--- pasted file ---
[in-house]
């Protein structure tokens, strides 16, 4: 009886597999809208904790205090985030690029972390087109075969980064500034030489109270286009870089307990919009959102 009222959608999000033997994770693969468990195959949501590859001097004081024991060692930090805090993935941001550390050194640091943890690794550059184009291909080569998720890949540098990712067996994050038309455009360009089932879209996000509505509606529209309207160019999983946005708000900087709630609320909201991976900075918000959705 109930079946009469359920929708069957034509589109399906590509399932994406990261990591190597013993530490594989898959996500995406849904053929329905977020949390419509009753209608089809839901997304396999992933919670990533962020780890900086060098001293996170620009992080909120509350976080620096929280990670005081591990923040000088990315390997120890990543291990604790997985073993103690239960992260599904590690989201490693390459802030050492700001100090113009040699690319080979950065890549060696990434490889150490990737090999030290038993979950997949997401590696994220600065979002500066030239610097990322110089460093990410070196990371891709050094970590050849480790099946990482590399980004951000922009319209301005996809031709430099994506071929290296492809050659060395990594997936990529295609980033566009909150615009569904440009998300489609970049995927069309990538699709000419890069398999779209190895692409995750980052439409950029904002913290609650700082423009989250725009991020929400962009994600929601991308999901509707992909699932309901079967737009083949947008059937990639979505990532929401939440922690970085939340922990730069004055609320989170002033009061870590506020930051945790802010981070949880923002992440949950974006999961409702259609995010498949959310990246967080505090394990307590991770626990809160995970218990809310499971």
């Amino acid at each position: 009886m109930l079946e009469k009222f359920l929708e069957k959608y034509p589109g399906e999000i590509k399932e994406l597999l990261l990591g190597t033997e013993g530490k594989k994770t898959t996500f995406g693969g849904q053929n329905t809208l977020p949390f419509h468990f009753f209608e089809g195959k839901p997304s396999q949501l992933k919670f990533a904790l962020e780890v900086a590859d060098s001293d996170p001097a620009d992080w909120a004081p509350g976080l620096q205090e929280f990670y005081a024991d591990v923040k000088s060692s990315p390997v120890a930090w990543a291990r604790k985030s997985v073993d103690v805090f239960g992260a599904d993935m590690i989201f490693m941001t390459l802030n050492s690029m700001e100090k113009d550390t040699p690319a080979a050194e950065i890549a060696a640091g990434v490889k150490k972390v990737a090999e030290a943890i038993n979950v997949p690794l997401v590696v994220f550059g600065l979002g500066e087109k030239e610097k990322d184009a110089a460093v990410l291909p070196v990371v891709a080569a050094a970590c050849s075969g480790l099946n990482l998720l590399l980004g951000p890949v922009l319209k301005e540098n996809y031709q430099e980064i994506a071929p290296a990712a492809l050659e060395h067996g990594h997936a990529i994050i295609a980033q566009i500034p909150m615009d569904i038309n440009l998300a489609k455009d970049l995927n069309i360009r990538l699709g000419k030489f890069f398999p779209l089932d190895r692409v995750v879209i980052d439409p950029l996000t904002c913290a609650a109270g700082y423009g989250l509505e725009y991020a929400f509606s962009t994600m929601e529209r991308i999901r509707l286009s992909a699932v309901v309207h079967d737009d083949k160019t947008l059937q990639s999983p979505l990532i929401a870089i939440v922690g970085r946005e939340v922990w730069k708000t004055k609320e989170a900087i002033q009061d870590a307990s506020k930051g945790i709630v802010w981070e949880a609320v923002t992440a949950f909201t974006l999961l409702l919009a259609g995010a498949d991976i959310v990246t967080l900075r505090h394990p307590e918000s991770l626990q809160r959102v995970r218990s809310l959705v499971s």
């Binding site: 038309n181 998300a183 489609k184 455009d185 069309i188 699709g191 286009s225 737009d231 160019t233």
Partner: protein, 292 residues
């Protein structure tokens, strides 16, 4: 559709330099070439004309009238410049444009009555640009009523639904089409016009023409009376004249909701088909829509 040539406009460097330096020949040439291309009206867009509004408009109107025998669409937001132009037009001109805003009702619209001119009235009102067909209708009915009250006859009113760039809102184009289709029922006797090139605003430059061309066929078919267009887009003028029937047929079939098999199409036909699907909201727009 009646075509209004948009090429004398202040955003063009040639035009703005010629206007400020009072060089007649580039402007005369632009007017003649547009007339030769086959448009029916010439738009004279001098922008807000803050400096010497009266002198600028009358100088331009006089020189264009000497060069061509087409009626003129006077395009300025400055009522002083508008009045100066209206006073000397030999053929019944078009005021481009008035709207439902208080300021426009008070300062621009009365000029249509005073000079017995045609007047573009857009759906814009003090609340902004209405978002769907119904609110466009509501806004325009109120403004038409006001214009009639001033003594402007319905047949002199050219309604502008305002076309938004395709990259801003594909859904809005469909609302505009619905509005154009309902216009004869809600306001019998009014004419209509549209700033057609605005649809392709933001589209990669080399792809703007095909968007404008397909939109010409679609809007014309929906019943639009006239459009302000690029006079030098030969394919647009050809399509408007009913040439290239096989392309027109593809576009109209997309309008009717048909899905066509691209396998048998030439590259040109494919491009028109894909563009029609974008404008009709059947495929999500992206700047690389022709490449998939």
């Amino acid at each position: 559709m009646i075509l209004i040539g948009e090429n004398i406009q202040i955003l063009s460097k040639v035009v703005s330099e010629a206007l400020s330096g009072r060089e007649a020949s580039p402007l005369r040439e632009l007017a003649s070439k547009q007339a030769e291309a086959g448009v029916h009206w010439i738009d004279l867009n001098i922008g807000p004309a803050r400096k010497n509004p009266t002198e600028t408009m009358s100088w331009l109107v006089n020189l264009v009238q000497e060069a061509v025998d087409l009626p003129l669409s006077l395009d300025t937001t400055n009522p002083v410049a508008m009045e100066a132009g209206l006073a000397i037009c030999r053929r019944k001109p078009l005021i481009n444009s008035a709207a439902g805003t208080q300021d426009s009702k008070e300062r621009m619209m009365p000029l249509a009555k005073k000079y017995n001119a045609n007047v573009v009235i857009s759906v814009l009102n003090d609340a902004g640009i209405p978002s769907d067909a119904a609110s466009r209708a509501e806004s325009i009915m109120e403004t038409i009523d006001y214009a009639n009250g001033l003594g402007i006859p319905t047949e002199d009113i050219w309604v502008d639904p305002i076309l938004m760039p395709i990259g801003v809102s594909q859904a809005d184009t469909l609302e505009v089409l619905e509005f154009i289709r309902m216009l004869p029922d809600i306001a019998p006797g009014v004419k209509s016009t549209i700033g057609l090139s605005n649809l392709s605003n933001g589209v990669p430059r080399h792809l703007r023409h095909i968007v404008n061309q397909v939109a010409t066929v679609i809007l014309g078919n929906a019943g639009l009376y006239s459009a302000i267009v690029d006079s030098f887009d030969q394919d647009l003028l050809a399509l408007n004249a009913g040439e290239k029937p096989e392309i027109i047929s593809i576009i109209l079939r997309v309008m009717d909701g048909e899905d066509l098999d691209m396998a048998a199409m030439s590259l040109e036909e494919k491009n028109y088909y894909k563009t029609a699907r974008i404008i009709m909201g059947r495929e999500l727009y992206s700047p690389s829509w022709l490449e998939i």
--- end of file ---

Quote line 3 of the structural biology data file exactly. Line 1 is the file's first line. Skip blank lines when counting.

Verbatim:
């Amino acid at each position: 009886m109930l079946e009469k009222f359920l929708e069957k959608y034509p589109g399906e999000i590509k399932e994406l597999l990261l990591g190597t033997e013993g530490k594989k994770t898959t996500f995406g693969g849904q053929n329905t809208l977020p949390f419509h468990f009753f209608e089809g195959k839901p997304s396999q949501l992933k919670f990533a904790l962020e780890v900086a590859d060098s001293d996170p001097a620009d992080w909120a004081p509350g976080l620096q205090e929280f990670y005081a024991d591990v923040k000088s060692s990315p390997v120890a930090w990543a291990r604790k985030s997985v073993d103690v805090f239960g992260a599904d993935m590690i989201f490693m941001t390459l802030n050492s690029m700001e100090k113009d550390t040699p690319a080979a050194e950065i890549a060696a640091g990434v490889k150490k972390v990737a090999e030290a943890i038993n979950v997949p690794l997401v590696v994220f550059g600065l979002g500066e087109k030239e610097k990322d184009a110089a460093v990410l291909p070196v990371v891709a080569a050094a970590c050849s075969g480790l099946n990482l998720l590399l980004g951000p890949v922009l319209k301005e540098n996809y031709q430099e980064i994506a071929p290296a990712a492809l050659e060395h067996g990594h997936a990529i994050i295609a980033q566009i500034p909150m615009d569904i038309n440009l998300a489609k455009d970049l995927n069309i360009r990538l699709g000419k030489f890069f398999p779209l089932d190895r692409v995750v879209i980052d439409p950029l996000t904002c913290a609650a109270g700082y423009g989250l509505e725009y991020a929400f509606s962009t994600m929601e529209r991308i999901r509707l286009s992909a699932v309901v309207h079967d737009d083949k160019t947008l059937q990639s999983p979505l990532i929401a870089i939440v922690g970085r946005e939340v922990w730069k708000t004055k609320e989170a900087i002033q009061d870590a307990s506020k930051g945790i709630v802010w981070e949880a609320v923002t992440a949950f909201t974006l999961l409702l919009a259609g995010a498949d991976i959310v990246t967080l900075r505090h394990p307590e918000s991770l626990q809160r959102v995970r218990s809310l959705v499971s």